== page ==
Short Story Revival: True or False?

“… There’s something unsaid, a dread in the air. … And so there it was said, floating up and around in the atmosphere with all the delicious aromas, the superficial chatter and the sounds of cars making their way back into the city for the long work week.” Lori M. Myers Cooking in a Room with Strangers

Fact or fantasy, true or false, is the revival of the short story due in part to the easy access to e-books for reading on a tablet or smartphone? Or is this just a myth? According to Laura Miller, the short story boom is bogus. In response to the New York Times article, Good Fit for Today’s Little Screens: Short Stories, Laura says, “Still, the idea that such programs have led to renewed general interest in reading short stories is, like much of the Times article, speculative and fueled by wishful thinking.” She expands on this here: Sorry the Short Story Boom Is Bogus

The “wishful thinking” comment led me to do some research – it’s what I do, and I didn’t even need to Google; I went straight to Amazon’s bestsellers’ list. I compared Short Stories with the Romance, Fantasy and Science Fiction genres. I also looked at the list of Fiction Classics. You can draw your own conclusions from the results.

Compared to the most popular genre, Romance, short stories are way behind (the #100 bestseller in the Romance genre is ranked higher overall than the #1 bestseller in short stories), but compared with Fantasy and Sci-Fi and, especially, Fiction Classics, short stories do much better as shown in the table below:


Bestseller List

Overall ranking (Paid in Kindle Store)

Short Stories









Science Fiction



Fiction Classics

#4, #5

#196,  #531

The #1 bestseller in the Romance genre was overall #1 bestseller on Kindle, and even the #100 bestseller in Romance (#231 overall ranking) ranked higher than the #1 bestseller in the Short Stories category (#261 overall ranking). Romance lived up to its reputation and came out well on top.

However, in the Fantasy bestsellers list, only fourteen books (fourteenth book ranked #260 overall) ranked higher than the top ranked book in Short Stories. Similarly, only twelve books (twelfth book ranked #259 overall) performed better in the Science Fiction genre.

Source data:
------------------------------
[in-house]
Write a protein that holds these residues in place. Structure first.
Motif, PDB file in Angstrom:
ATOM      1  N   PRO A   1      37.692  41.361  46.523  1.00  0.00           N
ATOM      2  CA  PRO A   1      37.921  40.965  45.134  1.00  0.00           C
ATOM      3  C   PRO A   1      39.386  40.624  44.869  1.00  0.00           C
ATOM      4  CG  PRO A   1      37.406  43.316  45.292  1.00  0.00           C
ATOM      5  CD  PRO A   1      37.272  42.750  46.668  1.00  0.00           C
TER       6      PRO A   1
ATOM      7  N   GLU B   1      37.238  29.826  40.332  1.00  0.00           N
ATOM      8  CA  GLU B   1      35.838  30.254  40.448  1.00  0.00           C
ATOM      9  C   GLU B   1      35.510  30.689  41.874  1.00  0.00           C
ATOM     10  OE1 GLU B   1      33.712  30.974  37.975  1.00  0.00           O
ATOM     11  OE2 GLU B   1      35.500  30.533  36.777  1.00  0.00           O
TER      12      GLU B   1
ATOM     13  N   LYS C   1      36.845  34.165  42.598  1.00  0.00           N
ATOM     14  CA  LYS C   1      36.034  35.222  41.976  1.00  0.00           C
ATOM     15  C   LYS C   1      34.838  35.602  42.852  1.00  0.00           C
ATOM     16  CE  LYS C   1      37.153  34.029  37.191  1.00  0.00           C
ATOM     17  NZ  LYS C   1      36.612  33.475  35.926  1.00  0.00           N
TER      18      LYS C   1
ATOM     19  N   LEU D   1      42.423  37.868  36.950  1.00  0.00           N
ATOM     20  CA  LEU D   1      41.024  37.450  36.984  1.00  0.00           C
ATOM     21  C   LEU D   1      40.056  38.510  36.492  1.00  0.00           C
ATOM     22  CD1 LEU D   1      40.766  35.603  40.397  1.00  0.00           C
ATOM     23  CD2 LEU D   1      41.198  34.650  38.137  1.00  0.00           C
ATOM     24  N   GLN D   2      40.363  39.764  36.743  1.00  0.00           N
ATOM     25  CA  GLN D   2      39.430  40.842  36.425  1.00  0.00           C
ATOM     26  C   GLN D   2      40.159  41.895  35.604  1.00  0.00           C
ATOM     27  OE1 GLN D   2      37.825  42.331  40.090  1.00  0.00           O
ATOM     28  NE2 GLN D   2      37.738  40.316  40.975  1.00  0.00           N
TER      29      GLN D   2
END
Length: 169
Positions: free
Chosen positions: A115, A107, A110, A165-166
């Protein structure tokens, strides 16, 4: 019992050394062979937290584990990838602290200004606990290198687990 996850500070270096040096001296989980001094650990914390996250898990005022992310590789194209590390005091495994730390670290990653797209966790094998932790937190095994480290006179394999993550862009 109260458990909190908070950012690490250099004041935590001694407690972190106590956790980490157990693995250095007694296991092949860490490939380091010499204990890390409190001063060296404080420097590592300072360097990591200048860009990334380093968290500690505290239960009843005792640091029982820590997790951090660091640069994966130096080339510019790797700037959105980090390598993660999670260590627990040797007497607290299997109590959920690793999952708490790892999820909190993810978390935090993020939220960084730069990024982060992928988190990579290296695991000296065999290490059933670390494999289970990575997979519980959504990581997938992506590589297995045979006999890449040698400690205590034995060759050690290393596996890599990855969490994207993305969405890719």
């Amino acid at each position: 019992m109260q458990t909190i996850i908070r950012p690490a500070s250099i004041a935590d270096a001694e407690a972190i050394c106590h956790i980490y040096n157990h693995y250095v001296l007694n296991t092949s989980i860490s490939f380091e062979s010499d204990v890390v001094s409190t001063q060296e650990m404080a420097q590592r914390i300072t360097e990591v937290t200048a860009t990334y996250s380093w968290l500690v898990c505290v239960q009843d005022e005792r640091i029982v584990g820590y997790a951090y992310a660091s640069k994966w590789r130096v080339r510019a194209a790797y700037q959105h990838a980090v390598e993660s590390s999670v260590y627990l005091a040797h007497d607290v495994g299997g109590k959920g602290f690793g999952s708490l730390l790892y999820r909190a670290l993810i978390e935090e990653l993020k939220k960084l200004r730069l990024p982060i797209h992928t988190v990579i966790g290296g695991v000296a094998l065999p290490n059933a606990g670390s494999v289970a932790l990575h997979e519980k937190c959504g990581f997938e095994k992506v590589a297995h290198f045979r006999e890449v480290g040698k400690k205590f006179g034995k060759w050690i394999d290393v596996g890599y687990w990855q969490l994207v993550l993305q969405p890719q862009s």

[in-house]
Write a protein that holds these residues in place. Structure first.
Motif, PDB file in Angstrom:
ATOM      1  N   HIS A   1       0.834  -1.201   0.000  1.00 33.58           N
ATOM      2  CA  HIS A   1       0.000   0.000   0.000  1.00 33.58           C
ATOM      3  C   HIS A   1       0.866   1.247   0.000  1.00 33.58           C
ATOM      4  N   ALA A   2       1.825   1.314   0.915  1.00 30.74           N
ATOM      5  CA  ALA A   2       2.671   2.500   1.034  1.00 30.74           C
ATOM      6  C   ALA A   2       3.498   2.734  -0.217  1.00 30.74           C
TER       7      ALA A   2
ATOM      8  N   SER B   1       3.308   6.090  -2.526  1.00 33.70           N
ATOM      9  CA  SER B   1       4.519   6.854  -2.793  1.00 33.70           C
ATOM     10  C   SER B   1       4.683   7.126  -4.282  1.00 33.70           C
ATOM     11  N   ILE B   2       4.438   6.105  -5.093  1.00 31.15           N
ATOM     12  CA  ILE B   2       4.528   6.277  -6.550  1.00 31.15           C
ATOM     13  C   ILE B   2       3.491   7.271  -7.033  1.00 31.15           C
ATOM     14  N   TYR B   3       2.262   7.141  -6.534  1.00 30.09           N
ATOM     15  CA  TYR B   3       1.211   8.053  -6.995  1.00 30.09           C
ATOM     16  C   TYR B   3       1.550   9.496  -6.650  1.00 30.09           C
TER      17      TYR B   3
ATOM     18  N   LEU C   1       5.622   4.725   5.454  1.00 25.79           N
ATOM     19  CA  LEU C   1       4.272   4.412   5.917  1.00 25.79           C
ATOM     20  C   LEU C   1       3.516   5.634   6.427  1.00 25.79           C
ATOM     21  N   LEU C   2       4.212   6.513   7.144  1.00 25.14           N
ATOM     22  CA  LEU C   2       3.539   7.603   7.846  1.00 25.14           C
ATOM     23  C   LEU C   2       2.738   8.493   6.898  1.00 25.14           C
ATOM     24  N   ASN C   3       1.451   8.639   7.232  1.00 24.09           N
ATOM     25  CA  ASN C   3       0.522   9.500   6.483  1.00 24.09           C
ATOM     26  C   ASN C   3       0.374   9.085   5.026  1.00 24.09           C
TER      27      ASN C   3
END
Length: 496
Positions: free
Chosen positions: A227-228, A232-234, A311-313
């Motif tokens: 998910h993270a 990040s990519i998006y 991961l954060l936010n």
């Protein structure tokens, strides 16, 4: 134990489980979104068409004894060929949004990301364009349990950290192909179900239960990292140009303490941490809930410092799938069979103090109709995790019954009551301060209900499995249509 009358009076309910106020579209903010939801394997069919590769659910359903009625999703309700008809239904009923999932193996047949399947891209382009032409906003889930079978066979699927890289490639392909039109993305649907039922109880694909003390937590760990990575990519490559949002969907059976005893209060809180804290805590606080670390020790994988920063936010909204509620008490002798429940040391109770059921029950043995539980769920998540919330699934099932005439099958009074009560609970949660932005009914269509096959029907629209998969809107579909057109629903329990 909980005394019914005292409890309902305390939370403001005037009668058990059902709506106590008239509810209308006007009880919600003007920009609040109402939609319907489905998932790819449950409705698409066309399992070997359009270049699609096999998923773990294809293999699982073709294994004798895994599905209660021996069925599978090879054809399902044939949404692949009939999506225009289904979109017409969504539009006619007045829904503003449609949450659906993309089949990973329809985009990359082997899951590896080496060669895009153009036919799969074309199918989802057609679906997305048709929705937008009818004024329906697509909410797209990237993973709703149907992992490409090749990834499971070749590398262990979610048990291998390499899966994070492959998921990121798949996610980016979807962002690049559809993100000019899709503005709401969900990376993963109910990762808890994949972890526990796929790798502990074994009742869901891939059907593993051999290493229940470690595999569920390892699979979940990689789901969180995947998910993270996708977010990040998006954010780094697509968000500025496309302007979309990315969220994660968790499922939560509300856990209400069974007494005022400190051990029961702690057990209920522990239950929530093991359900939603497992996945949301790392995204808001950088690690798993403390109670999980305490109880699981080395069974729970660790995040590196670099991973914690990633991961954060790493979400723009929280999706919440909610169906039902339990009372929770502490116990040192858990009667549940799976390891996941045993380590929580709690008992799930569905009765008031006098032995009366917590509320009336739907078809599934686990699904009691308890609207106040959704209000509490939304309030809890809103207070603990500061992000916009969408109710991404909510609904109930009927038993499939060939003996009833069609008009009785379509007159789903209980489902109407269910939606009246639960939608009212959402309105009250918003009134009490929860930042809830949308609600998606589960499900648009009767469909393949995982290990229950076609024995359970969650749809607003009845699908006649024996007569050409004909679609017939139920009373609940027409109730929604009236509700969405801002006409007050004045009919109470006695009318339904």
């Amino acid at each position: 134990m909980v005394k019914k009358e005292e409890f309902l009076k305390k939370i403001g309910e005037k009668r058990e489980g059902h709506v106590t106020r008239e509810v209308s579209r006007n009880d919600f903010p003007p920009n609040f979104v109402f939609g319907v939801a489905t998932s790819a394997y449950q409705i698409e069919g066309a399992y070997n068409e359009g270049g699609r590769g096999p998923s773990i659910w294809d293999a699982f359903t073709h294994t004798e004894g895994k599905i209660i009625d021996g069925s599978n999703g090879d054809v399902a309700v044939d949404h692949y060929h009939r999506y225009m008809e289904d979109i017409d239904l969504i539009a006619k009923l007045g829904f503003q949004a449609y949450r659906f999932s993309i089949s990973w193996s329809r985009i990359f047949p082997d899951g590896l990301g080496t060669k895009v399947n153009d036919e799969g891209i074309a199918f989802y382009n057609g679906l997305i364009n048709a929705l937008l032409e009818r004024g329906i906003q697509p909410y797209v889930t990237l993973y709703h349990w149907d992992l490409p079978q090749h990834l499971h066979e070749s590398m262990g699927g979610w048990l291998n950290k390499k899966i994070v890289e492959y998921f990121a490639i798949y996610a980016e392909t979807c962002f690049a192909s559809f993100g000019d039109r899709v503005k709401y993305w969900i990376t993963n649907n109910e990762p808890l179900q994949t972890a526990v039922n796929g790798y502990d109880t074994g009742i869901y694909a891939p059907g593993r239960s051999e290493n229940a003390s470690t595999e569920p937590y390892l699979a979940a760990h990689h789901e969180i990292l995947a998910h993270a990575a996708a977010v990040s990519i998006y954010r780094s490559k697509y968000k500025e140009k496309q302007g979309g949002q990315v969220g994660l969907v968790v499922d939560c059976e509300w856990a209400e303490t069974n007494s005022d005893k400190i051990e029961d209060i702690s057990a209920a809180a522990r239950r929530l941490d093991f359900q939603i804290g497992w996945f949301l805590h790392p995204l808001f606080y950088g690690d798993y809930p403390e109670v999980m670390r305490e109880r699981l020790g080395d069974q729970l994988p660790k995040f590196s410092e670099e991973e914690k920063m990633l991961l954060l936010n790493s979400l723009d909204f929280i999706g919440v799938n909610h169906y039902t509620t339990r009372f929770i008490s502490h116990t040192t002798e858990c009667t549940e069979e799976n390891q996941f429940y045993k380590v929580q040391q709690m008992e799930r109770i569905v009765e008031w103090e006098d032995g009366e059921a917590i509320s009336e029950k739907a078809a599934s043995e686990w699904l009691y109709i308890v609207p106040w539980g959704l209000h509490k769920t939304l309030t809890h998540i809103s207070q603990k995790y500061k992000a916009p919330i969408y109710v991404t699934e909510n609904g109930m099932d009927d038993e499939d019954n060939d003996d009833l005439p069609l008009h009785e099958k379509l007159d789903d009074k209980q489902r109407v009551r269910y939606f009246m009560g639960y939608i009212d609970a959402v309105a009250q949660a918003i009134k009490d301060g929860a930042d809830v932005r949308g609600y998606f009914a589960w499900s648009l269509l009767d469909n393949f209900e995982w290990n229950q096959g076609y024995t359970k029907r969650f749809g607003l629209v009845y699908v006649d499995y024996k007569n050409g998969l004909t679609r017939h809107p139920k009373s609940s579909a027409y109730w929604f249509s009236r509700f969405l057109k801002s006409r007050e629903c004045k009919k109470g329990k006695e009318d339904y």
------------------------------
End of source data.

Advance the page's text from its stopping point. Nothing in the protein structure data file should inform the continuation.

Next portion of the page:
Compared with Fiction Classics, short stories performed well – only four books (fourth book ranked #196 overall, fifth book ranked #531 overall) in the Fiction Classics list ranked higher than the top ranked book in Short Stories.

The evidence suggests that, apart from Romance, short stories in e-book format are now on a par with other popular genres. Readers seem to enjoy the variety that short stories offer interspersed among their favorite authors and books. One reason for this might be that a short story can be read in the space of a bus ride or train journey, especially with all the new forms of electronic reading devices and the increasing number of online e-book retailers.

This revival of the short story in electronic format has created an opportunity for writers that might not have presented itself otherwise. Many new and exciting writers are keen to reach out to readers by providing them with stories that entertain and enthrall. The demand from readers is there and authors are matching it.

FrontThe opening quote above is from the talented writer, Lori Myers. Lori is one of three Pushcart nominees (Elynne Chaplik-Aleskow, Murray Dunlap and Lori M. Myers) who contributed short stories to Forever Families, the third in the Forever series of anthologies – Forever Friends (2008), Forever Travels (2010) and Forever Families (2012).

Lori’s touching story about a sister and brother, who have grown apart, is just one of twenty-seven stories that vary in length from concise to extensive. Every story, whether short or long, offers a unique look at family life. While some are poignant, others raise a smile.

The seven sections that make up the book take the reader through the joys of a happy childhood to the sadness of a death in the family, with fond family memories, faithful family pets, risky family business ventures, eventful family weddings and the ups and downs of family life in between. So, find a comfortable chair, download the book to your e-reader, then sit back and enjoy the diversity of reading experiences in Forever Families.

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Elynne Chaplik-Aleskow